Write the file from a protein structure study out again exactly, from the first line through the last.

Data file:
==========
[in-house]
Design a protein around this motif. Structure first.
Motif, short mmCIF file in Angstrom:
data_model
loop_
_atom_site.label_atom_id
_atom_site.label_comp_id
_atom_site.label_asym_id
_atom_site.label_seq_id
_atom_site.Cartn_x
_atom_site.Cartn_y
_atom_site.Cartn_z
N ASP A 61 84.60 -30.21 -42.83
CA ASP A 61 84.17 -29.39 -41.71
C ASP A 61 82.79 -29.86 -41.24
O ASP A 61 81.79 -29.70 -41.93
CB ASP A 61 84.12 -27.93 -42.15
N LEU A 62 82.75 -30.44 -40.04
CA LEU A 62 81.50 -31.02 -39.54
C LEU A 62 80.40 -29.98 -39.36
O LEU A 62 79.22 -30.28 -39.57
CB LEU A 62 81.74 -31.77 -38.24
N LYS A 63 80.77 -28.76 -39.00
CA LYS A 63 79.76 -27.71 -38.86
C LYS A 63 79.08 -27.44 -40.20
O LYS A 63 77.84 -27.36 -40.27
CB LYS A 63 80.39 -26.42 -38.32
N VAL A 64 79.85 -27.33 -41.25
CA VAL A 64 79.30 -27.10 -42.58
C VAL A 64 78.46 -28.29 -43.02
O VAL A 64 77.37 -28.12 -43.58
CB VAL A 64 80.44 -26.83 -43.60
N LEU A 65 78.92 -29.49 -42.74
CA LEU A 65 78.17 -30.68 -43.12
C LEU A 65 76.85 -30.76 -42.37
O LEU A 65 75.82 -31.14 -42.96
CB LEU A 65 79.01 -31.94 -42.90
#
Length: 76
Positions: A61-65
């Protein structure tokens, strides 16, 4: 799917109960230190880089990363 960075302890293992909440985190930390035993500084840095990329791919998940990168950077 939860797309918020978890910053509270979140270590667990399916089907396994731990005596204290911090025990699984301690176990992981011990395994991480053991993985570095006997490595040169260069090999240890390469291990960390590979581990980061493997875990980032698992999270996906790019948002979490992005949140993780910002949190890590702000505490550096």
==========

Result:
[in-house]
Design a protein around this motif. Structure first.
Motif, short mmCIF file in Angstrom:
data_model
loop_
_atom_site.label_atom_id
_atom_site.label_comp_id
_atom_site.label_asym_id
_atom_site.label_seq_id
_atom_site.Cartn_x
_atom_site.Cartn_y
_atom_site.Cartn_z
N ASP A 61 84.60 -30.21 -42.83
CA ASP A 61 84.17 -29.39 -41.71
C ASP A 61 82.79 -29.86 -41.24
O ASP A 61 81.79 -29.70 -41.93
CB ASP A 61 84.12 -27.93 -42.15
N LEU A 62 82.75 -30.44 -40.04
CA LEU A 62 81.50 -31.02 -39.54
C LEU A 62 80.40 -29.98 -39.36
O LEU A 62 79.22 -30.28 -39.57
CB LEU A 62 81.74 -31.77 -38.24
N LYS A 63 80.77 -28.76 -39.00
CA LYS A 63 79.76 -27.71 -38.86
C LYS A 63 79.08 -27.44 -40.20
O LYS A 63 77.84 -27.36 -40.27
CB LYS A 63 80.39 -26.42 -38.32
N VAL A 64 79.85 -27.33 -41.25
CA VAL A 64 79.30 -27.10 -42.58
C VAL A 64 78.46 -28.29 -43.02
O VAL A 64 77.37 -28.12 -43.58
CB VAL A 64 80.44 -26.83 -43.60
N LEU A 65 78.92 -29.49 -42.74
CA LEU A 65 78.17 -30.68 -43.12
C LEU A 65 76.85 -30.76 -42.37
O LEU A 65 75.82 -31.14 -42.96
CB LEU A 65 79.01 -31.94 -42.90
#
Length: 76
Positions: A61-65
């Protein structure tokens, strides 16, 4: 799917109960230190880089990363 960075302890293992909440985190930390035993500084840095990329791919998940990168950077 939860797309918020978890910053509270979140270590667990399916089907396994731990005596204290911090025990699984301690176990992981011990395994991480053991993985570095006997490595040169260069090999240890390469291990960390590979581990980061493997875990980032698992999270996906790019948002979490992005949140993780910002949190890590702000505490550096």